Ariz. SC: Jury may award no damages in wrongful death suits

Jessica M. Karmasek Apr. 18, 2012, 12:25pm


PHOENIX (Legal Newsline) - The Arizona Supreme Court ruled Friday that a jury may award no damages in a wrongful death lawsuit, even if the claimants' trial testimony on damages is unopposed, if it deems that award to be "fair and just."

Jerome and Elizabeth Walsh, who resided in Minnesota, lived in Arizona in the winters.

Jerome underwent heart surgery in 2003.

He became sick while in Arizona the next winter and was treated by physicians employed by Advanced Cardiac Specialists Chartered, or ACS.

After Jerome returned to Minnesota, doctors determined that his replacement valve was infected. He died a day after being admitted to a Minnesota hospital.

Elizabeth and the couple's four adult children then filed a wrongful death suit against ACS and its employees, claiming they caused Jerome's death by failing to diagnose and treat the infection.

At trial, Elizabeth and each of the children testified extensively about their warm relationship with Jerome and the loss they experienced from his death.

This testimony was not contested by the defense: the children were not cross-examined on the issue, no contradictory evidence was presented, and counsel during its closing arguments did not question the damage testimony.

The jury found in favor of Elizabeth and the children, awarding $1 million to Elizabeth, but noted "0" on the verdict form in the spaces designated for each child's damages.

The children moved for a new trial, arguing insufficient damages, contending the verdict was not justified by the evidence.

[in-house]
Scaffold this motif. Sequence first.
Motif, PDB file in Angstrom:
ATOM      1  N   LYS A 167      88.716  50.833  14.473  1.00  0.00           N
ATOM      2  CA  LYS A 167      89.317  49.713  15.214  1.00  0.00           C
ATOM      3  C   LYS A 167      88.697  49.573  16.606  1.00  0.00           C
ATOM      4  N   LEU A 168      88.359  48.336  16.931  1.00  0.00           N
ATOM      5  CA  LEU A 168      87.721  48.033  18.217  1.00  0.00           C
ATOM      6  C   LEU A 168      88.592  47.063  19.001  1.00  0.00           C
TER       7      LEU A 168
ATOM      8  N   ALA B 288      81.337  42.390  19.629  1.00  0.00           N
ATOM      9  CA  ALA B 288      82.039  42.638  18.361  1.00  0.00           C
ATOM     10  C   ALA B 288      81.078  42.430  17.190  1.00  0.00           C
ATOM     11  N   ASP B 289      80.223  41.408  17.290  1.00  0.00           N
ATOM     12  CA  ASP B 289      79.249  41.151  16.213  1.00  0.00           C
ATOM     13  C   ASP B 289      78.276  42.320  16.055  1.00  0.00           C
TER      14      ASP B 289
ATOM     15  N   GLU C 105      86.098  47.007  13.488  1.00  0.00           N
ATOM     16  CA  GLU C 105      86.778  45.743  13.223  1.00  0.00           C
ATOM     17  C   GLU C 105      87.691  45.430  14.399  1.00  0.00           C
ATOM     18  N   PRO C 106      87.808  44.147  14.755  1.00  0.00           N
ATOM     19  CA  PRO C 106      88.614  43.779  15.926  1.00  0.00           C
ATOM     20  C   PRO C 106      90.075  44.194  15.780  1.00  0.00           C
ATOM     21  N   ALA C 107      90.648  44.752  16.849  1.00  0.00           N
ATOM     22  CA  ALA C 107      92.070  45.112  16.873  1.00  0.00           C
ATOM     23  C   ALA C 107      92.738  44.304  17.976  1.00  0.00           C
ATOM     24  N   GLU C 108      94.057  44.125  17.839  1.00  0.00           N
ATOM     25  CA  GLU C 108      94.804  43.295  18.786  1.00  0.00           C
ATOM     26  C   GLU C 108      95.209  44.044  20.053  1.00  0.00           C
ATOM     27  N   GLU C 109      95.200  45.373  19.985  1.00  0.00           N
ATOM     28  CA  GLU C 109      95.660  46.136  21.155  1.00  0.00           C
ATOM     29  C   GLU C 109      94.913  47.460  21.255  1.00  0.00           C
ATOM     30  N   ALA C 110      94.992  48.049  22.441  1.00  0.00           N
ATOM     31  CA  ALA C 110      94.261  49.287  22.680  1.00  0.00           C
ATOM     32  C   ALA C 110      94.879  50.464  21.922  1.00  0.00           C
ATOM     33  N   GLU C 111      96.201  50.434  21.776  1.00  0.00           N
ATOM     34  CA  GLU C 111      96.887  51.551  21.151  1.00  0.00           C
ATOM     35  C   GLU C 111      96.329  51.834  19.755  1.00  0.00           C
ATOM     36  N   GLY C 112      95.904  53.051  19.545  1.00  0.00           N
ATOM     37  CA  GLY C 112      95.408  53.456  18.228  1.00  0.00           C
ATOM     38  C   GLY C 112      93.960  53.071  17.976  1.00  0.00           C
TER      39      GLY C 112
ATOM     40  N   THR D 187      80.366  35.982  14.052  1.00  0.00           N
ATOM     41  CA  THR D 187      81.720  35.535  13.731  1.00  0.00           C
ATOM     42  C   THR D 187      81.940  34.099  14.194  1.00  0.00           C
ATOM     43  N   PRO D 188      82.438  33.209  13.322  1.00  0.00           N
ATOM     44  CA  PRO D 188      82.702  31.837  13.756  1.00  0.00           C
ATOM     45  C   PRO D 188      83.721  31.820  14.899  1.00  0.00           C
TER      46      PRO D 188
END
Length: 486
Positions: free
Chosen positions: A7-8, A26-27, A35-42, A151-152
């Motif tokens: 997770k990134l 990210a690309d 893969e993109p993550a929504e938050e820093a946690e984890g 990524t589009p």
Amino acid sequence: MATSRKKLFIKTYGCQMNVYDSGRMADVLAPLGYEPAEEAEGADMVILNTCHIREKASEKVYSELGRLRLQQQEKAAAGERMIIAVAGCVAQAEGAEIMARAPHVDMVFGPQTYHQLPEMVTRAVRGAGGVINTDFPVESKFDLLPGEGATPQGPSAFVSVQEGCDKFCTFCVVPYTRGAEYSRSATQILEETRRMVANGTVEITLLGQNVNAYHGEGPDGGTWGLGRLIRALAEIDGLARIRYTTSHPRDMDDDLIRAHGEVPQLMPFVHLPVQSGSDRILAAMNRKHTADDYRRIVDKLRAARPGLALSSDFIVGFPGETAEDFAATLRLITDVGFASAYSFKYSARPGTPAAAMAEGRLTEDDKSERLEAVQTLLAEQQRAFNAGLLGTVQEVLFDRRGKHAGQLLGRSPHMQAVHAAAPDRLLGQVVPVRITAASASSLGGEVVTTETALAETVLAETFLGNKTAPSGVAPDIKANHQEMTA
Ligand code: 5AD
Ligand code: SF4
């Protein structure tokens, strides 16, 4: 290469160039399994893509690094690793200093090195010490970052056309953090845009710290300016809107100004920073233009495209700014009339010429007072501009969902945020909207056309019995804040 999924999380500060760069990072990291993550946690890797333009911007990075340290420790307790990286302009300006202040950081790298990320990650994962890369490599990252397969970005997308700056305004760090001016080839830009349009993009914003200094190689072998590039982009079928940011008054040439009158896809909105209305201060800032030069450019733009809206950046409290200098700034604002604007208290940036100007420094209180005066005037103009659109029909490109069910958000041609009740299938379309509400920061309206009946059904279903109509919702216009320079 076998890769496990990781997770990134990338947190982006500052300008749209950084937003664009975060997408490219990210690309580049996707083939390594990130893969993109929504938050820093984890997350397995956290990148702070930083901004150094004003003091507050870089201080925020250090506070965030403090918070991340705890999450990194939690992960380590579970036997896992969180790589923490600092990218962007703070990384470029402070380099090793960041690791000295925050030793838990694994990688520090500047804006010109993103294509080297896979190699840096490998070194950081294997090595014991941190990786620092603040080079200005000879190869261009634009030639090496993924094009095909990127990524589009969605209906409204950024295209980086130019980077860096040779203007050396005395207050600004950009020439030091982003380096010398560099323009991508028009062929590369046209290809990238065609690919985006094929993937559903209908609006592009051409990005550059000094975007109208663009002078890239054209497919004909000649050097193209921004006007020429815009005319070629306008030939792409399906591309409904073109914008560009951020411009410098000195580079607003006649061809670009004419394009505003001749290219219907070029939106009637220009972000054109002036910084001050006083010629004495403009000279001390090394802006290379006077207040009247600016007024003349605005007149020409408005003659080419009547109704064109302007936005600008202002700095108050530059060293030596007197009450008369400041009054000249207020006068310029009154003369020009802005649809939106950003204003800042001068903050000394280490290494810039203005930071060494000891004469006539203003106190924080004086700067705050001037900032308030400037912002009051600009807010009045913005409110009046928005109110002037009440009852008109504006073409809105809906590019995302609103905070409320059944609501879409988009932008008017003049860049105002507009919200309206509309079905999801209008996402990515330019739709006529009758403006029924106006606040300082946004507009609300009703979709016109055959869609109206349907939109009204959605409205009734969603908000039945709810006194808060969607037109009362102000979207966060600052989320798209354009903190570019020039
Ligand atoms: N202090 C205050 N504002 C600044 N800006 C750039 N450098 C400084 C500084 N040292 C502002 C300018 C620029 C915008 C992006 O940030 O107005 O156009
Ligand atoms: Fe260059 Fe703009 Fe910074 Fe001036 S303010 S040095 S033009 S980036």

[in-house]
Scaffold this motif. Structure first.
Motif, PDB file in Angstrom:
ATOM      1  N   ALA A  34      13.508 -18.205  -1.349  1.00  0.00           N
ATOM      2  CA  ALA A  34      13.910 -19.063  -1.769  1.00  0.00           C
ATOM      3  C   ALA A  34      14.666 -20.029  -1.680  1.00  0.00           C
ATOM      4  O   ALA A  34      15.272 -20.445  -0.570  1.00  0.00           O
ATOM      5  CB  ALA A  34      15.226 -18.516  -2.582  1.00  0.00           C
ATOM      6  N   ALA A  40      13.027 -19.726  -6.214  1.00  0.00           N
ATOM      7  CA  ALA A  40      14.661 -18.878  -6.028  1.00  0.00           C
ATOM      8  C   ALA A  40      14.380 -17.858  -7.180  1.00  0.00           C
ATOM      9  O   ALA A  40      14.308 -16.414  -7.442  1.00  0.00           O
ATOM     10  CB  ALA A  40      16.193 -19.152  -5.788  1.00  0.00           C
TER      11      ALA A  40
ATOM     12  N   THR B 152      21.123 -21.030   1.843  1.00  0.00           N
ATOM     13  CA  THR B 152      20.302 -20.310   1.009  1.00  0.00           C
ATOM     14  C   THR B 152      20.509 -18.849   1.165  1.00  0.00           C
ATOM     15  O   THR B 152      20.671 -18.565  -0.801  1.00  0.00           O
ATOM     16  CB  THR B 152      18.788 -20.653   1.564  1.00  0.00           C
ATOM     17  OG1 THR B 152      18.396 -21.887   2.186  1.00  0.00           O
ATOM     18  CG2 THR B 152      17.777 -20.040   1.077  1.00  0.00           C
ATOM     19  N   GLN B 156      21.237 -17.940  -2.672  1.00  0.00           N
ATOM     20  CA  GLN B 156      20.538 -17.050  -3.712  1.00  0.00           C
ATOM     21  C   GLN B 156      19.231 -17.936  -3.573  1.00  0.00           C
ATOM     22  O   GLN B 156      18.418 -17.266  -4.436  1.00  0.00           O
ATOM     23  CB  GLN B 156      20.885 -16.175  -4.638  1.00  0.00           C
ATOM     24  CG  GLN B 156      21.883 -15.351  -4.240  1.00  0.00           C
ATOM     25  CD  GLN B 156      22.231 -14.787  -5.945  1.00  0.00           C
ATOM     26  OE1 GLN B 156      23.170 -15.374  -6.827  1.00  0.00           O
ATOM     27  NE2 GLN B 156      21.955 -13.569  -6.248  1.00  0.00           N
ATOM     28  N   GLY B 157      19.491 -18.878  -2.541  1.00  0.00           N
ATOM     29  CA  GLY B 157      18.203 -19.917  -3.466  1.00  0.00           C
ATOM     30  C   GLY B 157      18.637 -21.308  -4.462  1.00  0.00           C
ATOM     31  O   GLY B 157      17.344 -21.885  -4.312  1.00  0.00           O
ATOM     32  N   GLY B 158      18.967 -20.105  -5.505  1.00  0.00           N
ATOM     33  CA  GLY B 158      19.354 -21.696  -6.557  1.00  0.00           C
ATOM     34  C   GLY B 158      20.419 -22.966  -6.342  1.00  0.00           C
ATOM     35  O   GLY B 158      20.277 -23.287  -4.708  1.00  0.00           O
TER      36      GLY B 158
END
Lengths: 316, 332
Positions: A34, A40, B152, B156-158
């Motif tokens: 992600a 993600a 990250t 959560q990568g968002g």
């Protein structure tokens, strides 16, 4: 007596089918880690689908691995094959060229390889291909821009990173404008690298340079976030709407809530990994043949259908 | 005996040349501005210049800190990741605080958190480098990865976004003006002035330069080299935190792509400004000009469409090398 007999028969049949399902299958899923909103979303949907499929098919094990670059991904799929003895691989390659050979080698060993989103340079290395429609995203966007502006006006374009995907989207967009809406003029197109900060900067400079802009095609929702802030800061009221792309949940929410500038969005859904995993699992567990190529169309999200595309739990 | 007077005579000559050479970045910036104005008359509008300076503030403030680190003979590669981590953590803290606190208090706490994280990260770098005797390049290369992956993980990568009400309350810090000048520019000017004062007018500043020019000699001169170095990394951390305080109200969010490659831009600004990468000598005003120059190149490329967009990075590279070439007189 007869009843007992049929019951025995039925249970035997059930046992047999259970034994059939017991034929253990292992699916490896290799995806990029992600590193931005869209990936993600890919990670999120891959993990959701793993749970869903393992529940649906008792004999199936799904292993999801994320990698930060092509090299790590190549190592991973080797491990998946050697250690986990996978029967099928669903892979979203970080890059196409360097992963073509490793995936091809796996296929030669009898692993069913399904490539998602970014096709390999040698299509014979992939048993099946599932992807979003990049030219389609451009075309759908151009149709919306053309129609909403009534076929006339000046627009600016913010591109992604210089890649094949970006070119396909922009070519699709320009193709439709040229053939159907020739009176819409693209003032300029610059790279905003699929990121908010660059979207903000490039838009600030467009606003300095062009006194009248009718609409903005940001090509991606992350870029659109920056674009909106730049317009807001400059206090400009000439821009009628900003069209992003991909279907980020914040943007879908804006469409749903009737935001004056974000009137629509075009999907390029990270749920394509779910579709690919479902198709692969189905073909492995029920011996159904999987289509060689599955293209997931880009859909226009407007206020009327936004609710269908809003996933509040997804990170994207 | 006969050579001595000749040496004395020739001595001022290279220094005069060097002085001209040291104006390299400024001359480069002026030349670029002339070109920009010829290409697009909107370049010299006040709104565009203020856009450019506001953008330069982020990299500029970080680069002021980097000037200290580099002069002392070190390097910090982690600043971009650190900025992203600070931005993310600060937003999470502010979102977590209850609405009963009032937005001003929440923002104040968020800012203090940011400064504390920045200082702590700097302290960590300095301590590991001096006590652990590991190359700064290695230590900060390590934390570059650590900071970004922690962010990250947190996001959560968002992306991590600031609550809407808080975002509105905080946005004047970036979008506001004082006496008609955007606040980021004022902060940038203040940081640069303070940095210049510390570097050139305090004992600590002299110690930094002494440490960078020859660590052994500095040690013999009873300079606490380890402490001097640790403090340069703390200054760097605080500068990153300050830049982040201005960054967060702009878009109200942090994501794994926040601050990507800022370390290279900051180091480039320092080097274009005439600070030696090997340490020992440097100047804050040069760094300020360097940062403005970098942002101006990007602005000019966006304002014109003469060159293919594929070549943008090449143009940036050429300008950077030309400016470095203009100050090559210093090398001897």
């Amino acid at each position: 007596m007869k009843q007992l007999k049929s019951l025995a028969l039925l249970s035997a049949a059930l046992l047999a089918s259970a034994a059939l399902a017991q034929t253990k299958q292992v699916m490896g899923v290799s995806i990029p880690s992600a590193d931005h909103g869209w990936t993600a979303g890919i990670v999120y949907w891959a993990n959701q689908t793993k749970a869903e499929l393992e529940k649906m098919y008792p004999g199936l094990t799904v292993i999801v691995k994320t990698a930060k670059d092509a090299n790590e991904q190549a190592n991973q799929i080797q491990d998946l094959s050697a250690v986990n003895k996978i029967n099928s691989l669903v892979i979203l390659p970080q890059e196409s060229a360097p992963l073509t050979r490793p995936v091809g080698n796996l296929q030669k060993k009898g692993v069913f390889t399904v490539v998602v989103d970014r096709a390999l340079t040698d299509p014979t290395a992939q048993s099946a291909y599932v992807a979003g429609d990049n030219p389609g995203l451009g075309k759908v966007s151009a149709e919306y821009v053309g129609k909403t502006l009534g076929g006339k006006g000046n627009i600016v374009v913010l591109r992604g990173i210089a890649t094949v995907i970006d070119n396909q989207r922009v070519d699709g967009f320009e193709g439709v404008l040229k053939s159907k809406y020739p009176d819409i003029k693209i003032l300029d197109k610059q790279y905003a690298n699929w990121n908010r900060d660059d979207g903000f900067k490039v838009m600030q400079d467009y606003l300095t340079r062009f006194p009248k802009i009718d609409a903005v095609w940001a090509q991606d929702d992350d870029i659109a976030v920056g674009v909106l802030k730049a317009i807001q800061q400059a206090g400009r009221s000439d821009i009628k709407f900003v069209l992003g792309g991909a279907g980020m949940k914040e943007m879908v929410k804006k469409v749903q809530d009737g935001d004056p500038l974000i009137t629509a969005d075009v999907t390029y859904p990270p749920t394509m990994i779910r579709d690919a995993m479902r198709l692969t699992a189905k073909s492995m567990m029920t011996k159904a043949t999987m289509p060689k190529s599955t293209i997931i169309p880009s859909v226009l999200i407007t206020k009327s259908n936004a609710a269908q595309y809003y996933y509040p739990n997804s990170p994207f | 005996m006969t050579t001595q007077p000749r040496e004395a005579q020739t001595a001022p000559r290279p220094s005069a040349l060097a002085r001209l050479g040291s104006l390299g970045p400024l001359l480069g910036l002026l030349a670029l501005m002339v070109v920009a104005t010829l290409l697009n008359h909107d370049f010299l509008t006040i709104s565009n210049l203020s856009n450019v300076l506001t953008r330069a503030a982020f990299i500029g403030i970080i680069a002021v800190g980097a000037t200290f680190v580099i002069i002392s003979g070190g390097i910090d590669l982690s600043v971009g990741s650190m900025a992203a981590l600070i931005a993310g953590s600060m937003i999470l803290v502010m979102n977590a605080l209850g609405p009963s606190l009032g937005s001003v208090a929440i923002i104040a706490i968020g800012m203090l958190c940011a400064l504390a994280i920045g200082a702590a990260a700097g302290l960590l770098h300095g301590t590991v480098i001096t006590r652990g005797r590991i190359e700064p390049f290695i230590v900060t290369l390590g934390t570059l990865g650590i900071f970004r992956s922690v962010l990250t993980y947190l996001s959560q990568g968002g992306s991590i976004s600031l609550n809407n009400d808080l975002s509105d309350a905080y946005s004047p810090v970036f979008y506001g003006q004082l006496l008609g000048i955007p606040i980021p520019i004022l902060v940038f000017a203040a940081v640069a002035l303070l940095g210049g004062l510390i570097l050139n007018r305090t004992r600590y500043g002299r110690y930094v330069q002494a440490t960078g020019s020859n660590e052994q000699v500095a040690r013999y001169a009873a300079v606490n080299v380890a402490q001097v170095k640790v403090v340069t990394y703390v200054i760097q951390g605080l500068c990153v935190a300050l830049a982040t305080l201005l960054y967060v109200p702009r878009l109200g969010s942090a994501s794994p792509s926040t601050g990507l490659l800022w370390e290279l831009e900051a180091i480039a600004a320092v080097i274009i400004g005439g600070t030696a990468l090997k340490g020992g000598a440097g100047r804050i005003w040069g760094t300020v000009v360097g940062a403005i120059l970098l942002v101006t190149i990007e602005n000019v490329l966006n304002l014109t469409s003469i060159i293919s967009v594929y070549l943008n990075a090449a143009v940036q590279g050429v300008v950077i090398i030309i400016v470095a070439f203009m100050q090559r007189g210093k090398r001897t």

The Maricopa County Superior Court determined that the verdict was "internally inconsistent and not responsive" because "the liability finding required an award at least of uncontroverted damages." However, the court denied the motion for a new trial.

The state Court of Appeals, Division One, affirmed, but on different grounds.

The appeals court held that a jury in a wrongful death action may award zero damages -- even absent contradictory evidence on damages -- "because the burden is on a plaintiff to prove damages, that burden does not shift, and a jury is free to disregard the evidence that a plaintiff produces."

The court also found the waiver issue moot, and remanded the case for the superior court to consider the children's motion for a new trial.

The state's high court, in its 12-page ruling, vacated the appeals court's opinion, reversed the superior court's order denying the children's motion for a new trial and remanded the case for that court to consider the motion on its merits.

Justice A. John Pelander, who authored the Court's opinion, explained that wrongful death damages are statutorily limited to injuries "resulting from the death," which may include the decedent's prospective earning capacity; the loss of companionship, comfort and guidance caused by the death; and the survivor's emotional suffering, but not the decedent's own pain and suffering.

However, damages are not an essential element of a statutory wrongful death claim, the justice pointed out.

Because the jury may award whatever amount "it deems fair and just," the jury is not statutorily required to award any compensation, he explained.

"Moreover, although Arizona cases generally prohibit juries from arbitrarily rejecting undisputed evidence, we have long recognized that a jury may appropriately discredit a witness's uncontradicted testimony for various reasons, including the witness's personal interest in the case," Pelander wrote.

"In this case, the jury might have accepted the children's testimony about their loss, but nonetheless decided, given all the circumstances, that awarding no damages was 'fair and just.' Moreover, the children's damage claims are based solely on their own testimony. The children are interested witnesses, and the jury may thus have discounted their testimony on that ground."

He continued, "The jury verdict awarding no damages to the children was not impermissible as a matter of law."

The Court said the superior court will consider whether the award of zero damages was insufficient or not justified by the evidence.

It expressed no opinion on whether a new trial is appropriate.

From Legal Newsline: Reach Jessica Karmasek by email at

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